Local woman out $25,000 after falling for elaborate bank scam | #lovescams | #datingapps

WICHITA FALLS (KFDX/KJTL) — A local woman is warning others to beware of an elaborate bank scam hitting many people across the nation including herself.

Lesli Price said she never imagined she’d fall victim to any kind of scam but that a new bank scam involving the money transfer app Zelle and chase can trick even the smartest of us.

“I received multiple 1-800 calls on Wednesday evening on the 15th of December and it was just one right after the other and at that time I checked my phone and I had a voicemail so I started listening to the voicemail and it said that it was chase business fraud,” Price said.

That’s when the caller asked her if she recently authorized a Zelle payment in the amount of $5000, Price who hadn’t done the transaction told him that it wasn’t her and that’s when the scammer struck.

“He said to reverse money back to yourself, you’ll need to reverse these charges and pull it back to yourself, and I said okay and he walked me through he had me put in my telephone number, my name, and type in Zelle reversal and so at that time it was for $5000 in that moment,” Price said.

And five thousand dollars quickly turned into much more.

“This went on Wednesday night, Thursday, Friday, Saturday and Sunday so a total of $25,000,” Price said. “Sunday evening I noticed my account was locked again so I called chase to unlock it, that’s when Chase informed me that I had been scammed.”

It was at that moment Price said she began contacting agencies like the Better Business Bureau, and President of our local BBB, Monica Horton, says this scam is more common than you think.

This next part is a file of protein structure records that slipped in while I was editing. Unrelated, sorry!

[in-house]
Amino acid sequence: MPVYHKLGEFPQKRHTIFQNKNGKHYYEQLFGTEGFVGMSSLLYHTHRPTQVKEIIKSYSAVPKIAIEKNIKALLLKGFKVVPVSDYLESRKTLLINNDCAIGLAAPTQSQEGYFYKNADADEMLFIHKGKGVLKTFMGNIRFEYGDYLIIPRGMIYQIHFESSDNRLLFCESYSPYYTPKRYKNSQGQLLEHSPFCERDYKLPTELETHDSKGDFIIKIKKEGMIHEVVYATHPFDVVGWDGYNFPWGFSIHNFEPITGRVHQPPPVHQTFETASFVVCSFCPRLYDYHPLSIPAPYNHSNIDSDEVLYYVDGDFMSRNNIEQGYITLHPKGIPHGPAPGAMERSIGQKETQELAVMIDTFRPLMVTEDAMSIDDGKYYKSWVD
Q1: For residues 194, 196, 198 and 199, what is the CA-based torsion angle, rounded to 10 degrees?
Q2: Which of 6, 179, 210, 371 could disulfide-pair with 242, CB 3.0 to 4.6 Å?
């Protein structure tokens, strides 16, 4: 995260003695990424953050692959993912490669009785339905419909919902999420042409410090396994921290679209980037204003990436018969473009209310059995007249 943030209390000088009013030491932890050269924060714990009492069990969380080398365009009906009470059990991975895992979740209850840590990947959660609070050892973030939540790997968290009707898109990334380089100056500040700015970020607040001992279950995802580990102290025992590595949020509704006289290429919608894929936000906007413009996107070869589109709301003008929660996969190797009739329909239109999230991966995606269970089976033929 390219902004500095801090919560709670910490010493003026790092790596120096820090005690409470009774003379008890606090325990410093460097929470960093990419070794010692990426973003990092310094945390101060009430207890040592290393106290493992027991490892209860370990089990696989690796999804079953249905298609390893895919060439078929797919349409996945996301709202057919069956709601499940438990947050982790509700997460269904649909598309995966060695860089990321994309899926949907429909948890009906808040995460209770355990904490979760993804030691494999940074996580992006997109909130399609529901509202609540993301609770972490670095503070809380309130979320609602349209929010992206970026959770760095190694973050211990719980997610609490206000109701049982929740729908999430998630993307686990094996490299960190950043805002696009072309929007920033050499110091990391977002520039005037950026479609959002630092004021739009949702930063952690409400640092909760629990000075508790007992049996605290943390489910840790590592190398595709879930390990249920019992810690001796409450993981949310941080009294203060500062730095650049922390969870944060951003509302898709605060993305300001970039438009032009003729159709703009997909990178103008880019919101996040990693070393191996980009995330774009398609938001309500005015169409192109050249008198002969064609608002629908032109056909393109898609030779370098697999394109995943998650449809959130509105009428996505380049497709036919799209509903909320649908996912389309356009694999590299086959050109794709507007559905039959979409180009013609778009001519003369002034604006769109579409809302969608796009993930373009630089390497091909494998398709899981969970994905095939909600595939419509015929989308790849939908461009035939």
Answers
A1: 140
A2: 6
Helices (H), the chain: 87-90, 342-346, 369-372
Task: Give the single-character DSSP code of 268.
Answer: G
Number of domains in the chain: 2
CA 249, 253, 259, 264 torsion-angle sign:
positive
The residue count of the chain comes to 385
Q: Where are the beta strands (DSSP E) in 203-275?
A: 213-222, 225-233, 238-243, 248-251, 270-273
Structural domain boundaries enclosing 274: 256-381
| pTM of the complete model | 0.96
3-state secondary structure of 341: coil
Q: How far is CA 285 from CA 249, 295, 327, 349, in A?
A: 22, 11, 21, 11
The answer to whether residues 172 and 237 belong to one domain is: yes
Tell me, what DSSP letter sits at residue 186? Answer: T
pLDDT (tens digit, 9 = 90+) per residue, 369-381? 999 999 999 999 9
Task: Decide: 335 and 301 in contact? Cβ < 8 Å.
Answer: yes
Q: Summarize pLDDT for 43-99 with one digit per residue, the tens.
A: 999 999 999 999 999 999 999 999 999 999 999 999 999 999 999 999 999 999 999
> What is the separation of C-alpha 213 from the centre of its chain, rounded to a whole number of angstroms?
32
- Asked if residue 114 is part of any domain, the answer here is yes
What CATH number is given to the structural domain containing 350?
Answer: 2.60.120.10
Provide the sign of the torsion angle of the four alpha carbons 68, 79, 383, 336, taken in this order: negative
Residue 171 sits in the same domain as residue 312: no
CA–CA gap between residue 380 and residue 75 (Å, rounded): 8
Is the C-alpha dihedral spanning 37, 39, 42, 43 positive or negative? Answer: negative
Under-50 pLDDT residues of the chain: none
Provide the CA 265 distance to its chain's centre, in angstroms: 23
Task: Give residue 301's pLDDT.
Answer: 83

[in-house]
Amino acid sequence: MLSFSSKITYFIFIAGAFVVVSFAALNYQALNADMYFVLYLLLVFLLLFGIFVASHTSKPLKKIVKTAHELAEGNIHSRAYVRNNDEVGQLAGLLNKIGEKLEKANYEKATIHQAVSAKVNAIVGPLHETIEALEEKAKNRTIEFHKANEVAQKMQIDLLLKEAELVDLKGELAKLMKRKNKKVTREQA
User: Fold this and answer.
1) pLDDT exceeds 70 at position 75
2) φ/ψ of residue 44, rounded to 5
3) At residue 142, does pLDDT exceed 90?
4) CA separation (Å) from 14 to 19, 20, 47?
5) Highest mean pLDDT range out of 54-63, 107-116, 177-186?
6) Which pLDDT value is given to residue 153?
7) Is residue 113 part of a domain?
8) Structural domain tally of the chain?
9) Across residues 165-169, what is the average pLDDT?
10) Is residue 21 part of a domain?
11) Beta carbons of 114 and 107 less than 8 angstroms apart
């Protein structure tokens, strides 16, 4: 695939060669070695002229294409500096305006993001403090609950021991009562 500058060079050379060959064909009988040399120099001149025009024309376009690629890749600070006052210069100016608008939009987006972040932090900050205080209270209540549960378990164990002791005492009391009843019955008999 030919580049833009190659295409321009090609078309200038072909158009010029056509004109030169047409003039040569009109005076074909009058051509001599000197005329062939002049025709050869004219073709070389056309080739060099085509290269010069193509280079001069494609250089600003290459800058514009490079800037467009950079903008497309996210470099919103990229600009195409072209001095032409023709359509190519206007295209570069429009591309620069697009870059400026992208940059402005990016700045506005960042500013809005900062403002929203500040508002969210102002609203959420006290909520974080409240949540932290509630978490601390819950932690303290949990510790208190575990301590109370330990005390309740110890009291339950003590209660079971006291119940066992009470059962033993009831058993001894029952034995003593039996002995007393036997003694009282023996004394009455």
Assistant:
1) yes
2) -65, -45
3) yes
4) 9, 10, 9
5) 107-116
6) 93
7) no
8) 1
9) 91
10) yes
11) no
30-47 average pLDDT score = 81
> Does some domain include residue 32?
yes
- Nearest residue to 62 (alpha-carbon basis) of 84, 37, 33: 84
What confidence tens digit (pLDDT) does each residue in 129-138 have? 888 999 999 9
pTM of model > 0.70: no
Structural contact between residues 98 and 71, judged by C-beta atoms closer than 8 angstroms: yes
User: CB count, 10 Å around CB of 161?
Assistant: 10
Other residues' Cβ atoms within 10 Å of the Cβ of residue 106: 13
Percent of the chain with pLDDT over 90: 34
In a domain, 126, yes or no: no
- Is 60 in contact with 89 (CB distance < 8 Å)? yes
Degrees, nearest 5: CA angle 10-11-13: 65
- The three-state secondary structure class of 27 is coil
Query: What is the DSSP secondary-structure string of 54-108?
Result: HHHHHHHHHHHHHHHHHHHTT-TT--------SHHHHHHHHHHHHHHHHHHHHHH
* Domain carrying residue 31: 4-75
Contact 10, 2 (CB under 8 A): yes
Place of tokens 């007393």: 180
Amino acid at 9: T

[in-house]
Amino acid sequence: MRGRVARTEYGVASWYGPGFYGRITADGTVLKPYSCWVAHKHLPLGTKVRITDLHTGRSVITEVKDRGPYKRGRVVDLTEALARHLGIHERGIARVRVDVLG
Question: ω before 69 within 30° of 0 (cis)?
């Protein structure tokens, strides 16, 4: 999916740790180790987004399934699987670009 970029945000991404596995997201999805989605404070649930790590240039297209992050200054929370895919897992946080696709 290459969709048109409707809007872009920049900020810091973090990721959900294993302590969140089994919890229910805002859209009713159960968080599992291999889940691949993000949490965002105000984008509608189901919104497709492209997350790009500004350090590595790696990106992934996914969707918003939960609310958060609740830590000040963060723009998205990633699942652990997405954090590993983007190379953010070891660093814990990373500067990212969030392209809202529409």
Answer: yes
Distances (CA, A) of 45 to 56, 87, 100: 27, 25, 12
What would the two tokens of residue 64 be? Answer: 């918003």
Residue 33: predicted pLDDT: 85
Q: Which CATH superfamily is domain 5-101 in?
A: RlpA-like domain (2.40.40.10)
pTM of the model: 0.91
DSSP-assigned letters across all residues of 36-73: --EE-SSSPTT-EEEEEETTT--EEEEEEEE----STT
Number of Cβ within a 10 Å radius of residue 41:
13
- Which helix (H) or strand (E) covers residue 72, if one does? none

“This is basically what we call the impostor scam and the scammers love to impersonate banks and what they will do is send text messages, emails, or even call you and the number could appear to be the actual bank’s number that’s called spoofing,” Horton said.

And Price said aside from having the same number as the bank the caller even had the same hold music Chase uses as well as the same verbiage, which is another reason she felt so sure it was Chase.

“It was devastating I mean I was amazed that you know, this kind of thing is happening and from what I’ve heard it’s a huge scam,” Price said.

And it’s a scam Horton said everyone needs to watch out for.

“The bottom line with this particular scam is if you receive an unsolicited message whether it be text message phone call or email and it appears to be from your bank don’t respond to that communication,” Horton said.

Price said currently Chase Bank nor Zelle is claiming any responsibility for her falling victim to the scam, and it’s now something she has to deal with.

“It’s very scary. I don’t care if it’s one hundred dollars or what I lost at the 25,000, when it’s your money and someone’s taking it it’s very sad,” Price said.

And it’s something Price hopes doesn’t happen to anybody else while she is still in the process of trying to recover her lost funds.

If you find yourself in a similar situation, you can contact the Better Business Bureau by calling them at (940) 691-1172.

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